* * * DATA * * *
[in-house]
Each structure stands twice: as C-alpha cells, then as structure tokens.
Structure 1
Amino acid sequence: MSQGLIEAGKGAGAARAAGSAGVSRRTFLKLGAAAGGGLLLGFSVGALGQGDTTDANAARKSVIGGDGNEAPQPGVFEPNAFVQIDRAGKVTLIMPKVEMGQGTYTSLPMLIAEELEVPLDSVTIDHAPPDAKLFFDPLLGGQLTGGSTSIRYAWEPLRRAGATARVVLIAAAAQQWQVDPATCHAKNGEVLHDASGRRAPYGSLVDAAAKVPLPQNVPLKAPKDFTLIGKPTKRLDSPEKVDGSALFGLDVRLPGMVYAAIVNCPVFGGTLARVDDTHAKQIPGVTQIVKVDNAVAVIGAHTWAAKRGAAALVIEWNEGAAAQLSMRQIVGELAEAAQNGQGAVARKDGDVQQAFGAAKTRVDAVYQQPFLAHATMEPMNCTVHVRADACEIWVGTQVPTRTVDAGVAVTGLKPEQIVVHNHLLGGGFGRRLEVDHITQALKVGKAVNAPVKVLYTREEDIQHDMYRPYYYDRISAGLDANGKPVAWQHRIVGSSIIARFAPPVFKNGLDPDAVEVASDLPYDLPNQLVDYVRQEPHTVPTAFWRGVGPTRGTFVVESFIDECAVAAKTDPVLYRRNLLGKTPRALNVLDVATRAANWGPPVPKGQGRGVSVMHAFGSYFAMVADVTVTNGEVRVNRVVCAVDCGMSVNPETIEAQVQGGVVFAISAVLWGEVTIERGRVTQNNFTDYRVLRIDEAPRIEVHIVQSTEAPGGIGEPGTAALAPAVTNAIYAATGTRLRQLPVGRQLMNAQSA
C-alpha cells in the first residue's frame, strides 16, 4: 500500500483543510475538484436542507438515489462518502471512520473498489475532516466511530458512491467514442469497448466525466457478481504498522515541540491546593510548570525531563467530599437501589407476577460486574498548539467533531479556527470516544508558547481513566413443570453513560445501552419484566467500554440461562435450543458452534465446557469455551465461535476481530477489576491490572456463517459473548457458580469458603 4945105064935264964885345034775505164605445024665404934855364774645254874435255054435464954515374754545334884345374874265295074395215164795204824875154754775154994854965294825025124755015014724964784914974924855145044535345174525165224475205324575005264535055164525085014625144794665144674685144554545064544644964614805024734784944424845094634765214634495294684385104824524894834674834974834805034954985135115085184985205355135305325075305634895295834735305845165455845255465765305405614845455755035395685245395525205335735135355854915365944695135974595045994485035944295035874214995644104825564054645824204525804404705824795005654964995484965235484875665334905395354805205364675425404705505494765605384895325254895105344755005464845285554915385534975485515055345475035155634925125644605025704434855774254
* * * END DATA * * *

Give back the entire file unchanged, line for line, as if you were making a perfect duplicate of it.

[in-house]
Each structure stands twice: as C-alpha cells, then as structure tokens.
Structure 1
Amino acid sequence: MSQGLIEAGKGAGAARAAGSAGVSRRTFLKLGAAAGGGLLLGFSVGALGQGDTTDANAARKSVIGGDGNEAPQPGVFEPNAFVQIDRAGKVTLIMPKVEMGQGTYTSLPMLIAEELEVPLDSVTIDHAPPDAKLFFDPLLGGQLTGGSTSIRYAWEPLRRAGATARVVLIAAAAQQWQVDPATCHAKNGEVLHDASGRRAPYGSLVDAAAKVPLPQNVPLKAPKDFTLIGKPTKRLDSPEKVDGSALFGLDVRLPGMVYAAIVNCPVFGGTLARVDDTHAKQIPGVTQIVKVDNAVAVIGAHTWAAKRGAAALVIEWNEGAAAQLSMRQIVGELAEAAQNGQGAVARKDGDVQQAFGAAKTRVDAVYQQPFLAHATMEPMNCTVHVRADACEIWVGTQVPTRTVDAGVAVTGLKPEQIVVHNHLLGGGFGRRLEVDHITQALKVGKAVNAPVKVLYTREEDIQHDMYRPYYYDRISAGLDANGKPVAWQHRIVGSSIIARFAPPVFKNGLDPDAVEVASDLPYDLPNQLVDYVRQEPHTVPTAFWRGVGPTRGTFVVESFIDECAVAAKTDPVLYRRNLLGKTPRALNVLDVATRAANWGPPVPKGQGRGVSVMHAFGSYFAMVADVTVTNGEVRVNRVVCAVDCGMSVNPETIEAQVQGGVVFAISAVLWGEVTIERGRVTQNNFTDYRVLRIDEAPRIEVHIVQSTEAPGGIGEPGTAALAPAVTNAIYAATGTRLRQLPVGRQLMNAQSA
C-alpha cells in the first residue's frame, strides 16, 4: 500500500483543510475538484436542507438515489462518502471512520473498489475532516466511530458512491467514442469497448466525466457478481504498522515541540491546593510548570525531563467530599437501589407476577460486574498548539467533531479556527470516544508558547481513566413443570453513560445501552419484566467500554440461562435450543458452534465446557469455551465461535476481530477489576491490572456463517459473548457458580469458603 4945105064935264964885345034775505164605445024665404934855364774645254874435255054435464954515374754545334884345374874265295074395215164795204824875154754775154994854965294825025124755015014724964784914974924855145044535345174525165224475205324575005264535055164525085014625144794665144674685144554545064544644964614805024734784944424845094634765214634495294684385104824524894834674834974834805034954985135115085184985205355135305325075305634895295834735305845165455845255465765305405614845455755035395685245395525205335735135355854915365944695135974595045994485035944295035874214995644104825564054645824204525804404705824795005654964995484965235484875665334905395354805205364675425404705505494765605384895325254895105344755005464845285554915385534975485515055345475035155634925125644605025704434855774254